Beyond the Fold: March 1

Staff Writer
Columbus Alive

I got the chance to attend an amazing seminar with Louise Kiernan, a Pulitzer Prize-winning features writer who now works at The Chicago Tribune. She's written some amazing stuff: an extended profile on a Chicago man who learned to read at age 62; a look at a woman killed by a piece of glass that fell from a skyscraper; and an in-depth expose on the airline industry.

She could've spoken on her work alone - it's astoundingly good - but the presentation focused on things that reporters can do to tell better and more worthwhile stories. Story-telling, she noted, is what newspapers do best.

I won't go into every bullet point from her list, but some of her techniques have already helped me out of some recent ruts.

Pulse: Strength in Numbers When we do a Pulse package aimed at giving information about a large event happening in town, my tendency is to format the intro to be as short and conversational as possible. Most aren't meant to win awards, but to introduce the nuts and bolts of the weekend's goings-on.

This week, I chose a different approach.

Ms. Kiernan spoke at length about the use of documents - from court records to news archives - to give to stories a sense of time and place. Several years ago, she wrote a story about a series of suicides in Chicago. Gathering info about them, she discovered that suicide notes are included in autopsy reports and used the touching last words of one victim in her article.

My work in "Strength in Numbers" was by no means as interesting or clever, but I felt that looking back at the first Dispatch preview of the Arnold Classic showed how drastically the event had changed since 1989. Knowing that Arnold came to Columbus a week before leaving the country to film Total Recall was an interesting twist.

Locals Only: Moments in Time Coming from an academic background in creative non-fiction, not journalism, I've admired Tom Wolfe for his insistence that stories should include "status, life, details." In layman's terms, this means that the best stories transport readers into scenes by including the smallest details about an event.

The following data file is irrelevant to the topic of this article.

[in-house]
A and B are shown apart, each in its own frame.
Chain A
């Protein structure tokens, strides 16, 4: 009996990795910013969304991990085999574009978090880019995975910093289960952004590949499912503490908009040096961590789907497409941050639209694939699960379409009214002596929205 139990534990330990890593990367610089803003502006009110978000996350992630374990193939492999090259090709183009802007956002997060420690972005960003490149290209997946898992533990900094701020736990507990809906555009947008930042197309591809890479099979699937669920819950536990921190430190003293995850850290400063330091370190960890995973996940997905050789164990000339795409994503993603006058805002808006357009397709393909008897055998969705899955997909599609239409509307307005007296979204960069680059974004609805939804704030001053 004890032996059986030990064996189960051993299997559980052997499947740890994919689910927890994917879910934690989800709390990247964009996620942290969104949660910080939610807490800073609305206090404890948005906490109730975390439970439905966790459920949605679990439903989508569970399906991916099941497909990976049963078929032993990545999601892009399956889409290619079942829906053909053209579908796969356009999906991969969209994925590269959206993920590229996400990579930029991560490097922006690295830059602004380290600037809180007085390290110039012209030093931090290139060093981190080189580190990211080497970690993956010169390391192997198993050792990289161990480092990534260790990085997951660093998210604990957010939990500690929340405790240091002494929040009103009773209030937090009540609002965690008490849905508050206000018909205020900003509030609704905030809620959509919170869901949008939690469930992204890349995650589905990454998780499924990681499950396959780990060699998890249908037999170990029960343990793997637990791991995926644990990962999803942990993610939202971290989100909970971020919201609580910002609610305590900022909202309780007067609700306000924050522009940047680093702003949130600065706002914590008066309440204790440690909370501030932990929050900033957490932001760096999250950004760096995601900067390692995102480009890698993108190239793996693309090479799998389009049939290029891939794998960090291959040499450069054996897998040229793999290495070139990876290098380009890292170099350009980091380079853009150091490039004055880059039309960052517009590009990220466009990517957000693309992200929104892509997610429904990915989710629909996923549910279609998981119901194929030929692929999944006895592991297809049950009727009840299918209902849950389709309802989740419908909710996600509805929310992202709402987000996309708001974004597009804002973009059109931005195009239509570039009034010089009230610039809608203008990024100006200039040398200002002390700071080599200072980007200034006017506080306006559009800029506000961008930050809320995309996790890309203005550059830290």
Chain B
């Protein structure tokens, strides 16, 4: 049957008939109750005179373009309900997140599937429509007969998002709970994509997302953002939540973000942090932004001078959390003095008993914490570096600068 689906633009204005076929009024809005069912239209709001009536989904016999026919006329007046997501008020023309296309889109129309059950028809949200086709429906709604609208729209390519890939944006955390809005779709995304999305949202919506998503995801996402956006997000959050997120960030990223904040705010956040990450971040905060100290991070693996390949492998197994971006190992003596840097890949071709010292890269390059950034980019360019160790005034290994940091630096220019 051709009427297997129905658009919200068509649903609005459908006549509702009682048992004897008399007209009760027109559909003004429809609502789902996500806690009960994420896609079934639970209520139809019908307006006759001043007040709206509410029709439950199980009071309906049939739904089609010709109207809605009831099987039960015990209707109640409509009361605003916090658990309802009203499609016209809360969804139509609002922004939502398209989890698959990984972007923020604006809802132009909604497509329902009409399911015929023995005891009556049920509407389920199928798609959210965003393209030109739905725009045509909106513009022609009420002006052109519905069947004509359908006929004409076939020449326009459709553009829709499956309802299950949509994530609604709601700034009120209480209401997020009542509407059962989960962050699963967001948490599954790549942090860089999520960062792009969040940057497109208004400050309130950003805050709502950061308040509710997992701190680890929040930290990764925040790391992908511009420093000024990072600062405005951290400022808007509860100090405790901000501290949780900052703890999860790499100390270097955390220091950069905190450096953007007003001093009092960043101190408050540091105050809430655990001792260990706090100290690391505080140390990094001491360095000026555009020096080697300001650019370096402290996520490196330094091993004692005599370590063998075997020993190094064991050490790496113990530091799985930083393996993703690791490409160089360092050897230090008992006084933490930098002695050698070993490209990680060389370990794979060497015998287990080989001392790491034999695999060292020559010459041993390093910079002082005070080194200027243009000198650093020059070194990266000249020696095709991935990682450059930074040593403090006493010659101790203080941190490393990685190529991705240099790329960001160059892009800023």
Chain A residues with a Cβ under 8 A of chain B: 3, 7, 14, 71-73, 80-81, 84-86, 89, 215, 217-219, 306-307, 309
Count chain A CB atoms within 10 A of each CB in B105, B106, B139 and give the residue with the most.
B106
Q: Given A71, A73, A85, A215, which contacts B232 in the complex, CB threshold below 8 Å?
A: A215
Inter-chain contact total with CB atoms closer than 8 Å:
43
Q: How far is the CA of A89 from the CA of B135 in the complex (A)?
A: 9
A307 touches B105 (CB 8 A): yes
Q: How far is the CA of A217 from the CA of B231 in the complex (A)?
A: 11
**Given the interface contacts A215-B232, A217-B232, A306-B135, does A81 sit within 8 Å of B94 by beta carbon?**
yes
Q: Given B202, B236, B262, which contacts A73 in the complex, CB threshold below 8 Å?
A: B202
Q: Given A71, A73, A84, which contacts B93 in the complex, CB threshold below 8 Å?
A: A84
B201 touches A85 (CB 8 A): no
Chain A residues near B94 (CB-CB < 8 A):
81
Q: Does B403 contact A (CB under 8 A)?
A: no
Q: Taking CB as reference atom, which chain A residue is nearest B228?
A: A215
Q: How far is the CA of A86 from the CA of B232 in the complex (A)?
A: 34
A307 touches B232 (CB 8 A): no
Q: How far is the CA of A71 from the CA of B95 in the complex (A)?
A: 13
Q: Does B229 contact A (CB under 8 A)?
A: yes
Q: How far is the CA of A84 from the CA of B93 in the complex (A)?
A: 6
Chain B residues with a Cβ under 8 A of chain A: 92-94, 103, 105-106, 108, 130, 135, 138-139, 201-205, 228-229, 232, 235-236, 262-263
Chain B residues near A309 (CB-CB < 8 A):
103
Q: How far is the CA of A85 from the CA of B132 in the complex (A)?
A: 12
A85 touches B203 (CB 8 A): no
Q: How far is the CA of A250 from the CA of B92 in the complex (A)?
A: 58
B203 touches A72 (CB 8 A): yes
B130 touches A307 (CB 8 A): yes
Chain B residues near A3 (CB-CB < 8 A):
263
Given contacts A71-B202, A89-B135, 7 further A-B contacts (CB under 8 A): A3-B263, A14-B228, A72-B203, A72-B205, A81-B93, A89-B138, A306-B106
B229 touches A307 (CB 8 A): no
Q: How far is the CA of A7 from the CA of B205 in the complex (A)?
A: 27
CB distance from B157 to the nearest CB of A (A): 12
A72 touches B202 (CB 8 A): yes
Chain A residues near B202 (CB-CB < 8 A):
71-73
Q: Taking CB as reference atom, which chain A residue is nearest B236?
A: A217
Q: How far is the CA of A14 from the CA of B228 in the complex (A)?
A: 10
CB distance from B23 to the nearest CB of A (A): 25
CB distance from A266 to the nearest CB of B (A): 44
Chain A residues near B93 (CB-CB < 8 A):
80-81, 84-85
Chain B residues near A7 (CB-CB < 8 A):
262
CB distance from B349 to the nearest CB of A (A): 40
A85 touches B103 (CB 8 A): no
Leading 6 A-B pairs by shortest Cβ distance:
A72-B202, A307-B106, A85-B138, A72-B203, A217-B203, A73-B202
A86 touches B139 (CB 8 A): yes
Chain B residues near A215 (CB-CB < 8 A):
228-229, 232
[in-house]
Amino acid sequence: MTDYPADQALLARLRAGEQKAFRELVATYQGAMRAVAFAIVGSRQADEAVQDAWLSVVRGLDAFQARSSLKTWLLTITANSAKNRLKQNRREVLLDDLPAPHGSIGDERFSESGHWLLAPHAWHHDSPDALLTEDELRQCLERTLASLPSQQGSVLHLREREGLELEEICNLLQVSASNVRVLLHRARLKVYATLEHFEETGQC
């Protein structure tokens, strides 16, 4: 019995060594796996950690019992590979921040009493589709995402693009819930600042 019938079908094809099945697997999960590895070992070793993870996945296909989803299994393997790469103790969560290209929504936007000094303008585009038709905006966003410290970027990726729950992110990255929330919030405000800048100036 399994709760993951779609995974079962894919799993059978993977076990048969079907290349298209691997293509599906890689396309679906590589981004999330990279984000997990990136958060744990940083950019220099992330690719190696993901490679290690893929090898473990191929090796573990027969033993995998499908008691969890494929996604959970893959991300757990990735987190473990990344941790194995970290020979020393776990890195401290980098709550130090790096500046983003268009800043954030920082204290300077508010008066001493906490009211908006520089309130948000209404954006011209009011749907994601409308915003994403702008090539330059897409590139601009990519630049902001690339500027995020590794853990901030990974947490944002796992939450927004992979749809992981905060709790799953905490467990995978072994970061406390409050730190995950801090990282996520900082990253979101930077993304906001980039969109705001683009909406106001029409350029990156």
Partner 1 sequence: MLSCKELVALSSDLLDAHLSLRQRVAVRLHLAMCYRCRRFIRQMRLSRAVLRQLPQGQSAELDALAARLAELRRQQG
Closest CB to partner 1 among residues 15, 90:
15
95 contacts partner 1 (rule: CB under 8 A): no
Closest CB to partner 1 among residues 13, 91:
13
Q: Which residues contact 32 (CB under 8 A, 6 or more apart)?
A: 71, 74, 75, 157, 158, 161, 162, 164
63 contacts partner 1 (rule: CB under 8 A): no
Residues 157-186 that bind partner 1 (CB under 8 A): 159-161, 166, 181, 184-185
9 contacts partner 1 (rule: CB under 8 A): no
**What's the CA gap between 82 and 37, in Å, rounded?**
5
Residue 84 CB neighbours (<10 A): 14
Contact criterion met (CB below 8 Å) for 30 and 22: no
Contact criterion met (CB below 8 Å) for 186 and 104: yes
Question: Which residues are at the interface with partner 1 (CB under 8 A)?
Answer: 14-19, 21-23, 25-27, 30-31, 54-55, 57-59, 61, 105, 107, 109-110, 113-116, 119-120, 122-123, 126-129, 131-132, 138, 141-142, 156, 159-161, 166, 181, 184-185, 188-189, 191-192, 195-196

Ms. Kiernan reminded me of that premise and added that it's imperative to ask questions about situations we don't understand. Sometimes playing dumb, she said, can allow the most interesting elements of a story to surface.

That's exactly what I did when I talked to Mike Brewer, lone member of the Sportsman's Club. On the press release accompanying his new album, Falling Scenery Converts, he included short descriptions of where and when he recorded songs.

One struck my eye: "recorded on the drive way to my in-laws farm, featuring guest musicians bugs of the night '05." At first glance, this short excerpt is interesting enough to include in a story, especially if paired with other short notes from behind the scenes.

But it intrigued me, so I started asking questions. Where is the farm? What do they grow on it? How late was it? What month? How warm was it?

He seemed a bit puzzled that I was interested in the details, but the lead for the piece is one of the best I've ever written. Because I played dumb, I got all the little things that made the night so special to Brewer - the warmth of the pavement, the fields near the farmhouse, having his family safe inside.

For a look at Louise Kiernan's story "The Longest Day: How September 11 Exposed the Weaknesses of the Nation's Air Travel System," which won her a Pulitzer, click here.